Why Adobe and Apple are bypassing traditional media outlets to wage war in the blogosphere

When Steve Jobs responds to a random person’s email — an event occurring more frequently of late — the sender is usually shocked that such a tech titan has reached into his mailbag to pluck his message from the ether and deem it worthy of a reply. But Greg Slepak had elicited an email from Jobs a few years ago after contacting him with a software question, so the Apple CEO’s response last week didn’t come as much of a surprise. What did surprise Slepak was when Jobs replied to a follow-up email.

“Obviously he doesn’t usually reply twice,” he told me in a phone interview. “It might have just been the timing. My guess is that he has maybe an hour a day he spends trimming through his inbox, and you may have an hour and a half to catch him. I’m pretty sure if you get a response from Steve Jobs, you just got lucky.”

Slepak was respectful in his emails, but their subject was contentious. Apple had received ire recently for adding in wording to its iPad terms of service language that set what some considered draconian — and arbitrary — restrictions on app coding. Many read this as a direct attack on Adobe’s Flash, alienating any apps that were originally written for it. Slepak, a software developer who normally writes for Macs, called Apple out on this move in his emails. Jobs’ responses were defensive of the TOS and characteristically short. “We’ve been there before, and intermediate layers between the platform and the developer ultimately produces sub-standard apps and hinders the progress of the platform,” he wrote in his second email.

Slepak posted the back-and-forth email on his blog and received over 20,000 hits the first day. The second day, after it made it on every website ranging from Mashable to Digg, he received over 80,000. Jobs’ responses are notable for two things: First, they were sent to a random software blogger instead of a technology reporter at, say, the New York Times. Secondly, his first email directly references the writing of John Gruber, a popular Apple fanboy blogger. If there was any doubt that the Apple CEO is very much aware of what’s written about his products in nontraditional outlets, this incident dispelled it.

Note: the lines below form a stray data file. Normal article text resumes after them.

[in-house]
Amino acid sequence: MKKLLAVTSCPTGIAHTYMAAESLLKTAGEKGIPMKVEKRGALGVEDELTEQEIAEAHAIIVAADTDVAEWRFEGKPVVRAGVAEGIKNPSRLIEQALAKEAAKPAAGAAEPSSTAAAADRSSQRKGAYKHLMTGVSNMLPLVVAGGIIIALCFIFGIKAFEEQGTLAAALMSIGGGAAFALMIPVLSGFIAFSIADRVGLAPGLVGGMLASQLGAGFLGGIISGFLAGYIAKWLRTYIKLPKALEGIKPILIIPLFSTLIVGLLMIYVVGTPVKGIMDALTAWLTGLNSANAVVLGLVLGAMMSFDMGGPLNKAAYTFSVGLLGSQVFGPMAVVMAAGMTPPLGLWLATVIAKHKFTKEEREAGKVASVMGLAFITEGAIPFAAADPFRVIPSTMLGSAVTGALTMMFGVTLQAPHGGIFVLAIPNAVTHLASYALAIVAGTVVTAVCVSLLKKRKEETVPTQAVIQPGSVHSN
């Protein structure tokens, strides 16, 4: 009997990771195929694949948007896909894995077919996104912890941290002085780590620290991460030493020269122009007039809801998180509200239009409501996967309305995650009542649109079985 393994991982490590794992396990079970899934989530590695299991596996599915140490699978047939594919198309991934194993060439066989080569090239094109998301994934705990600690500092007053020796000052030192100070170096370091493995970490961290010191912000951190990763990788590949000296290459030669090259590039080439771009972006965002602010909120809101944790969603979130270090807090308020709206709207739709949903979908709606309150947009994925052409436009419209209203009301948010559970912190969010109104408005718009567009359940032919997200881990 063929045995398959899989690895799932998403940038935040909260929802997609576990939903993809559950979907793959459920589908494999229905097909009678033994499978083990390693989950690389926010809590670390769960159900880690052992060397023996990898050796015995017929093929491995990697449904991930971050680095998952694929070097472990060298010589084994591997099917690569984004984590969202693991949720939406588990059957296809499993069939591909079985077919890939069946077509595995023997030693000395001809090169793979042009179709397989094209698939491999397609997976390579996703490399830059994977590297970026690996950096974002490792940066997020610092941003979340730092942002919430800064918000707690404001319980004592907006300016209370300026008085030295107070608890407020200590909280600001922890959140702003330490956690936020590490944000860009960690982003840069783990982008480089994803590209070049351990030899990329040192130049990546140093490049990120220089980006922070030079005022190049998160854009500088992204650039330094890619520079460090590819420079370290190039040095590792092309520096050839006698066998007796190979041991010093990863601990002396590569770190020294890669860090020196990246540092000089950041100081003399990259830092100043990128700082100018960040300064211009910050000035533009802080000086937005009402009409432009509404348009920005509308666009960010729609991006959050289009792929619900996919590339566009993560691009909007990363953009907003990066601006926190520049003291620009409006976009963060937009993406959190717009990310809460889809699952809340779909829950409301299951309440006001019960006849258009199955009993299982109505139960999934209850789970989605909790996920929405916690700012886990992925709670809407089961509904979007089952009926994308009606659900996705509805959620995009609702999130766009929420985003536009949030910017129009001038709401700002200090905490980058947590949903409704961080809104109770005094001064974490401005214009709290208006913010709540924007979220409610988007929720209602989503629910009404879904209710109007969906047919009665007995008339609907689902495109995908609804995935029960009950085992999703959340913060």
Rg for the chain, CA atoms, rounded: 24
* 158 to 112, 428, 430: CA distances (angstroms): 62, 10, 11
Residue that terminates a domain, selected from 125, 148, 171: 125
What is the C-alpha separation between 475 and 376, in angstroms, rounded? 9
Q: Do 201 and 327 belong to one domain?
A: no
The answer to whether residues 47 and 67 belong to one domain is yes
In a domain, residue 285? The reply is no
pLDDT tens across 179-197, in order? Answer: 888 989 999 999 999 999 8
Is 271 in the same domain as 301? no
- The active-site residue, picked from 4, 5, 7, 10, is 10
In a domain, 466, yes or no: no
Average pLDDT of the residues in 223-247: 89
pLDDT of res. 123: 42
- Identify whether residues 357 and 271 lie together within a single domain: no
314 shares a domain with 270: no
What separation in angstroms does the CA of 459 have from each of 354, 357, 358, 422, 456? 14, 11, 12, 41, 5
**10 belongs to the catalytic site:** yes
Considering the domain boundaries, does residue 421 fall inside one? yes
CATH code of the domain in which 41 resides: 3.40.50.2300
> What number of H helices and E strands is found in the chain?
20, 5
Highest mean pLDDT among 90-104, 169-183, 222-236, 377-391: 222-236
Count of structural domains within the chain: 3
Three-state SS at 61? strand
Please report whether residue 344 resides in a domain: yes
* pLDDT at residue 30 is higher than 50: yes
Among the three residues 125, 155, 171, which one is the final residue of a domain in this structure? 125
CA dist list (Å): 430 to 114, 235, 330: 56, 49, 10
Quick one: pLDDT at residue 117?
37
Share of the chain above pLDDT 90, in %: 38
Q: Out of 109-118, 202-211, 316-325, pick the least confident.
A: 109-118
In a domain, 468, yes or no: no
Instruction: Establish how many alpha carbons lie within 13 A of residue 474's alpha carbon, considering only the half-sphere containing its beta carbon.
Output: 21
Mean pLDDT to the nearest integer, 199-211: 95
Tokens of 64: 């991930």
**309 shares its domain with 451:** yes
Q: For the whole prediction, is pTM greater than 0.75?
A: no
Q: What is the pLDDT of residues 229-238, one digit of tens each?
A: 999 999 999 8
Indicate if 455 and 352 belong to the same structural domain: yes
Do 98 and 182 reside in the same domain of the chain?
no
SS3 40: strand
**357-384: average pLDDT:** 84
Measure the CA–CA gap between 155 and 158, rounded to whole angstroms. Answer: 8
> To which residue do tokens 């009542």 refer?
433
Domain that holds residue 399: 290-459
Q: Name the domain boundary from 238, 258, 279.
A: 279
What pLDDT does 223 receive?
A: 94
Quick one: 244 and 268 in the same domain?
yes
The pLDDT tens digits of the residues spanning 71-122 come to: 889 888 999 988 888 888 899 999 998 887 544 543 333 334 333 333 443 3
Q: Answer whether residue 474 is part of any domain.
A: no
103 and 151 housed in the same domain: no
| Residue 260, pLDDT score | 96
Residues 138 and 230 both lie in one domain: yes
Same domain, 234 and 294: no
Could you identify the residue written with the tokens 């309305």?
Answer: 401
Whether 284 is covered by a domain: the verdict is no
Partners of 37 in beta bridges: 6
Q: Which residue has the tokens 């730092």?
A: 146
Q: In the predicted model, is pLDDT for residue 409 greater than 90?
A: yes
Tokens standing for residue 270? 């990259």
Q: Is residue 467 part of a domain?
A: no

But Jobs was not the only player in this fight to inject his opinion into the blogosphere. Lee Brimelow, a “platform evangelist” for Adobe, fired his own shots in a blog post published Friday titled, “Apple Slaps Developers In The Face.” The post itself was so raw in its attacks that he subsequently had to redact sections of it and add additional disclaimers stating that these were his own opinions and not his employer’s. “Speaking purely for myself, I would look to make it clear what is going through my mind at the moment. Go screw yourself Apple,” he concluded.

Like Jobs, Brimelow didn’t bother with a traditional journalist but used his own blog as a communications platform. But why is this particular issue being hashed out in the blogosphere while the mainstream press lags so far behind?

“I think there are multiple reasons for that,” Slepak told me. “It sort of goes both ways, in that the mainstream media isn’t very much interested in this debate. It’s a fairly technical debate and most people just don’t know what the issues are; even if they’re told, they don’t care or understand what they are.”

By waging this battle, Slepak argued, Apple will harm companies other than Adobe. “[The TOS] do limit Adobe’s authority to make these applications, but they also cause huge collateral damage to a bunch of other companies, people who have been writing great software for the iPad.”

But even though Jobs decided to respond to an Apple fan, one who certainly knew the issues, Slepak said that the CEO’s response was no different than what would have been delivered to a traditional reporter from an Apple spokesman.

“His response, that this is somehow simply a strategy to ensure quality is simply not true. From my entire analysis, it’s sort of a PR statement. It’s a classic PR statement. And it’s going to get quoted by the mainstream media as, ‘oh he’s just doing this for pure quality on the iPad, and we know this because look how well the iPhone has done.’ And people will say, ‘let’s just trust Steve Jobs is always right.”

But given that Apple is currently faring badly in a Consumerist poll on the Worst Company in America, fans may not be buying his excuses. While the customer is not always right, neither, it seems, is Steve Jobs.